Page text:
Greetings, fellow firewood enthusiast! So, you’re looking for better fires, and you’re wondering if kiln-dried firewood is worth it. You’ve come to the right place!
In this guide, we will take you on a journey through the wonderful world of kiln-dried firewood. We’ll show you how it’s made, why it’s awesome and where you can get some for yourself.
Not only that, but we will also give you some tips for choosing the best wood for your situation. So, whether you’re going to cook with it, camp with it or both, we’ve got you covered.
Plus, we’ll also teach you how to store it properly to take full advantage of your kiln-dried goodness!
Sound good? Great! Then it’s time to begin the class!
If you need a course guide, check out our full syllabus of topics below:
- How Kiln-Dried Firewood is Made
- The Benefits of Kiln-Dried Firewood
- The Ideal Moisture Content of Kiln-Dried Firewood
- Kiln-Dried Firewood vs. Seasoned Firewood
- How to Identify Different Types of Firewood
- Determining the Best Firewood to Burn
- Choosing the Best Wood for Your Situation
- How to Measure a Cord of Firewood
- How to Stack Kiln-Dried Firewood
- Where to Store Kiln-Dried Firewood
- Where to Buy Firewood Near Me
Where does kiln-dried firewood come from? Unfortunately, no magical forest produces logs that are perfect for burning. We wish!
The truth is kiln-dried firewood starts the same as all other firewood: as a tree chopped down in the forest. But the magic begins when workers split those logs and cut them to length, removing all substandard pieces. They then take the good pieces and place them into a state-of-the-art dry kiln.
The dry kiln creates the perfect hot, low-humidity environment to remove moisture from the wood. This process brings the moisture content of the wood down to an ideal level for burning.
Many firewood companies use the kiln-drying process because it is much quicker than drying it without a kiln. The kiln also creates a controlled environment for perfect wood production. It’s how the best firewood companies produce a consistently high-quality product all year long.
What’s so great about this special wood anyway? We’re glad you asked.
To put it simply, kiln-dried firewood is a luxury brand of firewood. The difference between purchasing it and regular firewood is akin to purchasing a Lexus instead of a Chevy. Sure, the latter car will get you from point A to point B, but the former will make the ride a lot more fun!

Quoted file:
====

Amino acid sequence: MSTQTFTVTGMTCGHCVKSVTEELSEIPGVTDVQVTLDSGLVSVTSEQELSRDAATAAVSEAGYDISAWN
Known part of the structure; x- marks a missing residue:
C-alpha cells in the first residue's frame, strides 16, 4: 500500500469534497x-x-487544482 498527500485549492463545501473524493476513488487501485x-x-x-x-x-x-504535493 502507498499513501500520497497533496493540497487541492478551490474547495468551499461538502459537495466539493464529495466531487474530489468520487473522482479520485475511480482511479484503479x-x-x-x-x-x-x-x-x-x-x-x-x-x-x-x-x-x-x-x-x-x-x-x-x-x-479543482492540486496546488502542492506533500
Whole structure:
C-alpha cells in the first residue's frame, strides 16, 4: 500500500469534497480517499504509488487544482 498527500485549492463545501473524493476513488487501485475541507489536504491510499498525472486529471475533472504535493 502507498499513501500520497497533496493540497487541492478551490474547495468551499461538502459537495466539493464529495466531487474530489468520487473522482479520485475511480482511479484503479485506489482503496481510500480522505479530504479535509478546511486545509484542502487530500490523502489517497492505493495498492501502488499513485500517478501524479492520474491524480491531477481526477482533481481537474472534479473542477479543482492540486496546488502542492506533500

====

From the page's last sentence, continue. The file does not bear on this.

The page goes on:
And we don’t know about you, but when we purchase firewood, we’re usually looking to have a good time!
What makes kiln-dried firewood so much more enjoyable? Let us count the ways:
- Its low moisture content makes it easier to ignite than standard wood.
- It burns more efficiently to create hotter fires using less wood.
- The kiln-drying process creates wood that is completely free of insects, mildew and pesticides.
- Burning kiln-dried wood also produces less creosote and harmful emissions.
- Did we mention that it generates less smoke when burning?
- Oh yes, and it’s also lighter to lift because of its low moisture content.
- And it’s cleaner to store because it doesn’t shed much bark or debris.
We could go on, but we think you get the point. It’s hard to beat the luxury of wood that’s ready to burn right when you purchase it!
Of course, you won’t get all of the benefits listed in the previous chapter if the wood isn’t dry enough. Which begs the question: how dry should kiln-dried firewood be?
The ideal moisture level for kiln-dried firewood is under 20%. To give you some perspective, freshly cut firewood typically has a moisture level of above 60%. That’s way too moist to burn!
Kiln-dried firewood sellers measure the moisture content of their wood with a moisture meter. If you want one for yourself, most hardware stores sell these nifty tools for public consumption.
But what if you don’t own a moisture meter? How can you tell if your wood is dry enough? Here are a few telltale signs:
- The wood will weigh less than a freshly cut piece.
- The pieces will make a hollow sound when hit together. (In contrast, moist wood will make a dull thud.)
- There may also be drying cracks on the ends of the wood.
If your wood fails the above tests, then it’s not worth the time you’ll spend trying to light it. Never settle for anything less than kiln-dried wood with a moisture level below 20%. Your friends and family will thank you on a cold winter’s night!
There is a debate raging on the internet about which is better: kiln-drying firewood or seasoning it. And we wouldn’t be doing our due diligence if we didn’t address it. So here, for your enjoyment, is an overview of why kiln-dried firewood is superior to seasoning.